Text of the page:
Monday, April 21, 2014

Northfield's Boulevard Trees

“Northfield is a city rich in trees,” Harvey Stork wrote. “Looking eastward from Manitou Heights, one sees in summer a green grove broken only occasionally by the steeple of a church, the tower of a school, or the roof of a commerical or factory building. It seems hardly possible that this forest shelters a population of five thousand people.”

In July 1948, Stork counted “2,426 trees of 48 different species growing in the parking between the sidewalk and curb;” in other words, boulevard trees. Of these, the most numerous species in 1948 was the American elm: Stork counted 993 of them. Sixty-one years later, few of those elms remain. Most fell victim to Dutch elm disease, which was just beginning to make an appearance in Minnesota when Stork made his inventory.

Since Professor Stork wrote The Trees of Northfield in 1948, the population of the city has grown fourfold, but Northfield is still sheltered by an urban forest. In February 2014, forester Katie Himanga completed an Urban Forest Asset Management Plan for the City of Northfield (available here as part of the February Environmental Quality Commission packet), in which she inventoried 15,308 boulevard trees in Northfield. Of these, the most common species are maple (4292) and ash (3196).
from K. Himanga, CF, "Urban Forest Asset Management Plan."
City of Northfield, Minnesota. February 3, 2014.
Maple and ash are both attractive, relatively fast-growing species native to this part of Minnesota. Unfortunately, all varieties of ash are, in Himanga’s words, “susceptible to emerald ash borer (EAB) and are likely to become infested in the coming decade.” As was the case with Dutch elm disease, the emerald ash borer infestation will undoubtedly change the shape of Northfield’s urban forest.

Sibley Drive from the west.
On the east side of Northfield, Sibley Drive is a pleasant, well-shaded residential street that connects with Maple Street directly opposite Sibley Elementary School. There is no sidewalk on either side of Sibley Drive, and nearly all the boulevard trees are either maple or ash.  In the photograph above, you can see how the trees (mostly ash on the right-hand side of the street) appear to be planted exactly along the path of a possible sidewalk. It’s as if the street were designed to discourage foot traffic, including children walking to the nearby elementary school.  On the other hand, there is a good trail through Sibley Swale Park that runs roughly parallel to Sibley Drive, providing connectivity for pedestrians and bikers.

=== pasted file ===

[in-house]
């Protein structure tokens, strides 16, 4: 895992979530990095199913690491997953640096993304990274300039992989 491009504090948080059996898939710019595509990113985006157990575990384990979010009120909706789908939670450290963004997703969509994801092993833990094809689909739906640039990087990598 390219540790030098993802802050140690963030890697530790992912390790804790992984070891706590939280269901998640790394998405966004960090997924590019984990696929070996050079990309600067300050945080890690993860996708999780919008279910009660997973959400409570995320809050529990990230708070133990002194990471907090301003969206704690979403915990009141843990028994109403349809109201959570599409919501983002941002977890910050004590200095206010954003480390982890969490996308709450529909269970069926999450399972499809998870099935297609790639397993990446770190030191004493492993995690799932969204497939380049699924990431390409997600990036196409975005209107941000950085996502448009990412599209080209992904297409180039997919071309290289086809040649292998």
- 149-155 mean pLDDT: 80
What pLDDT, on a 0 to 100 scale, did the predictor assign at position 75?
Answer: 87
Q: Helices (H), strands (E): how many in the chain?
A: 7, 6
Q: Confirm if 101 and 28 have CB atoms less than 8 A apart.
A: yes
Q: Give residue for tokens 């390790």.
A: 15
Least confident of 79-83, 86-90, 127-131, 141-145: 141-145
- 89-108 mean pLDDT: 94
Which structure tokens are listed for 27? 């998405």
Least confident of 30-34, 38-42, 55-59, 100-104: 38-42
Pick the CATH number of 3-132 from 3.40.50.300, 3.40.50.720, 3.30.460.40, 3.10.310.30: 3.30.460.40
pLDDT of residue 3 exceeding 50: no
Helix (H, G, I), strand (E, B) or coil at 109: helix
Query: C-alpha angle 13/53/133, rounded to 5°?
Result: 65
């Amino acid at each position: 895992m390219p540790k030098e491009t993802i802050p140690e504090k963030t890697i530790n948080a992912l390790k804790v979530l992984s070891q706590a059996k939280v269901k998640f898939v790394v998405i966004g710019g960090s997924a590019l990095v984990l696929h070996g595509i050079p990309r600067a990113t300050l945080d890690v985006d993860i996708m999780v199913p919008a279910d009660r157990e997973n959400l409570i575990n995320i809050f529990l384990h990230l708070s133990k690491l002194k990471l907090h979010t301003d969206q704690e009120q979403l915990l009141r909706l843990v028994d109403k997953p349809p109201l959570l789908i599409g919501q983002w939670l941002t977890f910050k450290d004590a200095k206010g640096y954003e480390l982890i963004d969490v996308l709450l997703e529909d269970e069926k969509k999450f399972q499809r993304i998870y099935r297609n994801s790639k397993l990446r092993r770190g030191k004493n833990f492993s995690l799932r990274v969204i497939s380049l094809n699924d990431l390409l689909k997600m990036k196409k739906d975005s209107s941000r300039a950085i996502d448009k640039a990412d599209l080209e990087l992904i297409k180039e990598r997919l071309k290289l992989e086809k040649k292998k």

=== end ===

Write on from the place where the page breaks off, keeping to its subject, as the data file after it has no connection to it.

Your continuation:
The high density of ash trees on Sibley Drive remains a significant problem, as it does on many of Northfield’s streets. In her report to the city, Himanga recommends a program of removing ash trees on boulevards and city parks (at an estimated cost of $1.8 million) and replanting of disease-resistant species (at an estimated cost of $340,000).

Related post from five years ago (April 25, 2009): The Trees of Northfield

The sound of spring peepers in Sibley Swale:

8.39 miles on Tuesday, April 15, 2014
The route:

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